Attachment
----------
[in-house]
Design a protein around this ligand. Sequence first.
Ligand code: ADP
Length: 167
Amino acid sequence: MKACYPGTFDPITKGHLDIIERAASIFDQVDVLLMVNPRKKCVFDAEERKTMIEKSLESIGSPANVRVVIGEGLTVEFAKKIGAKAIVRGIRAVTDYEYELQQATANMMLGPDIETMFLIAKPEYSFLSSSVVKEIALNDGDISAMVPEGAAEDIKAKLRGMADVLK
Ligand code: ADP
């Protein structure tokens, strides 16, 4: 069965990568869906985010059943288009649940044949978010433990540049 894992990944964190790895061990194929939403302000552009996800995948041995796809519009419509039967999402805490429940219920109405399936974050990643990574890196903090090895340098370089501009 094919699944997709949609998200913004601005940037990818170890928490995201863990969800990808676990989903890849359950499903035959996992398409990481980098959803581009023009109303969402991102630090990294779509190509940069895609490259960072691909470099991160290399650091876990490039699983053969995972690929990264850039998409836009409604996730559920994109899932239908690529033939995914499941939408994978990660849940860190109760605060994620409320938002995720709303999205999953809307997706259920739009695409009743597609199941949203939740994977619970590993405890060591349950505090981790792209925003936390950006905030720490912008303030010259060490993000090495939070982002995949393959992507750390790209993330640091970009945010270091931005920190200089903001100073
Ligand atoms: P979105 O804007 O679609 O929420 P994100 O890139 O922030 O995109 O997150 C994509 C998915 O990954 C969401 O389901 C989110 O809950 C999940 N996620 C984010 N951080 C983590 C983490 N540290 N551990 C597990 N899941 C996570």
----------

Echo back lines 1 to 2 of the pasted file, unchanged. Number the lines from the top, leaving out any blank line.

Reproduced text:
[in-house]
Design a protein around this ligand. Sequence first.